Buddha said “You are free person and a master of your own actions”

This entry I am going to talk about being able to live freely from others’ emotions, and it is not an easy task. As you would have heard “no man is an island”, therefore every day we have to face our family, friends, colleagues and fellow commuters, inevitably we will get affected by what is going on around us.

With the occurrence of train breaking down higher than the probability of rain, can you recall the last train (SMRT) breakdown incident, and think about how did you get affected by the situation? Frustrated? Worry about running late from work? To make the matter worst, did the anger churning out from the rest of commuters add fuel to the burning fire in you. You started to realise people around start to frown, fight and get into an argument with each other, and there goes your ‘Good Morning’ of the day.

In our work, we will get into disagreements with fellow colleagues and superiors at times. However, engaging in productive debating might lead to higher efficiency and effectiveness in operations but getting too emotional will bring no good to anyone, including your organisation.

So how can we break freely from getting affected by others? Especially situation that brews negative emotion that you do not wish to get yourself involved? The answer might be to just tune your own thinking to change your perception to your thoughts. Below is a good story that I found in the internet to illustrate my point:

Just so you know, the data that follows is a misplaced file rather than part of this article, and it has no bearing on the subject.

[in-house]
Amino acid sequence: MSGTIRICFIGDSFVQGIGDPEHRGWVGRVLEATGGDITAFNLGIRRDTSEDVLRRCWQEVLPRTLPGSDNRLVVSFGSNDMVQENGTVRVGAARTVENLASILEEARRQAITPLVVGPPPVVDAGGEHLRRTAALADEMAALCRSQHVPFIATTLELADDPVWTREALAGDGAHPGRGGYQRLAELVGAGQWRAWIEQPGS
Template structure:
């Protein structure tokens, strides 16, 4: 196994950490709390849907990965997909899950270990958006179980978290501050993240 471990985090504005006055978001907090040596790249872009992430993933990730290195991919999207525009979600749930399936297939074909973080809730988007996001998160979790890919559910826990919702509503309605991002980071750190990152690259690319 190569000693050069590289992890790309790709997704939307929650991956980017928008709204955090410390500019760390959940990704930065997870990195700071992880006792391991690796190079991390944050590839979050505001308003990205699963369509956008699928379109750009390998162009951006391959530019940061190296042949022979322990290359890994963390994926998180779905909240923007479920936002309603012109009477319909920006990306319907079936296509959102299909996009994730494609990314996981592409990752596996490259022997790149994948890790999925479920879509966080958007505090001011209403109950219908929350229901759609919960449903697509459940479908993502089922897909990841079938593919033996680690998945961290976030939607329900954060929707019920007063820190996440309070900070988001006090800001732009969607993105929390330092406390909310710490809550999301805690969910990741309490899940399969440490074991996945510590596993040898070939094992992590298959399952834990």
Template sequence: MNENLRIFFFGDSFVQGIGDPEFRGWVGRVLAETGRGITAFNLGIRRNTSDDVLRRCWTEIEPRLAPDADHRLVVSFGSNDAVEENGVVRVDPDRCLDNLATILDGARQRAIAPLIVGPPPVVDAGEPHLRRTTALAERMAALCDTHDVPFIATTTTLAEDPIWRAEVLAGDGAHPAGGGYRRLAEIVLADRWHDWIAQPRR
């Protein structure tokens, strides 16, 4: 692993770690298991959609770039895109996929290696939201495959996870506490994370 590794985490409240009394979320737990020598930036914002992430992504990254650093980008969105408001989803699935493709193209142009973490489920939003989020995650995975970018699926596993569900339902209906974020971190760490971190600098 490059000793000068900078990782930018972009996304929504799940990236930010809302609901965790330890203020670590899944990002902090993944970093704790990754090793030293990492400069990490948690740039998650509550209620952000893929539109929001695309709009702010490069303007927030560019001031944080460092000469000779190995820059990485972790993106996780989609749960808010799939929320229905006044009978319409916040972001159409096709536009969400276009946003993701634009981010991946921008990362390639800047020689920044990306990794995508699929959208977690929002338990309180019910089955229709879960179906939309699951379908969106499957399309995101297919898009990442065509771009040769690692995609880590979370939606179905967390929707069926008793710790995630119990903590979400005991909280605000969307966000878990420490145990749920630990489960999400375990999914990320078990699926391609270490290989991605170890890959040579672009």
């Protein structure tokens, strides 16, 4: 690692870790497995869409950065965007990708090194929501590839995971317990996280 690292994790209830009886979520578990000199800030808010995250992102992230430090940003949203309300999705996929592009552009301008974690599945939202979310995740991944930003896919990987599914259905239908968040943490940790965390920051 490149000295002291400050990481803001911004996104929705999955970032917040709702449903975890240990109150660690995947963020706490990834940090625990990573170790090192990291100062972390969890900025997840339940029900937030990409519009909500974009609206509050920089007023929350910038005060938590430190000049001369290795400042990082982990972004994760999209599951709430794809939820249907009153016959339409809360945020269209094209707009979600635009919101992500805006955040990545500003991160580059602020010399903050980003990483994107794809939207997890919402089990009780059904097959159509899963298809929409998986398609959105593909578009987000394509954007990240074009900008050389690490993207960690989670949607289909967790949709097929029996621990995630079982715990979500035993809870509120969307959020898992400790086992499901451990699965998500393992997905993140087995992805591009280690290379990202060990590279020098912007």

Once, Buddha was walking through a village with his students, where the opponents of Buddhism lived. The people of the village surrounded Buddha and his students and started insulting them. In respond, the students also started rising up and wanted to get back at them, but the presence of Buddha calmed them down. The words of Buddha confused not only the students but also the villagers.

He turned to his students and said:

You disappointed me. These people are doing their thing. They are angry. They think that I am an enemy of their religion and their moral believes. These people are insulting me and it’s obvious. But why are you angry? Why did you let these people manipulate you? Now you depend from them, therefore you’re not free.

The people from the village were completely at loss and asked:

But we were insulting you, why aren’t you mad at us?

Buddha smiled:

You are free people, and what you did – is your business. I am also a free person and a master of my own actions, which is why I have my own right not to react to manipulation and be free from anger.

Conclusion

Hence the next time you meet with a difficult situation or people, do remember that you are a free person and you have the prerogative to think for yourself. Whether to get frustrated or not, is up to your own mind, how do you want to perceive the situation.

Last but not least, I would like to share an interesting YouTube video with you. Hopefully, it will change your mind if you are to  get caught up with another train breakdown incident.

Cheers~

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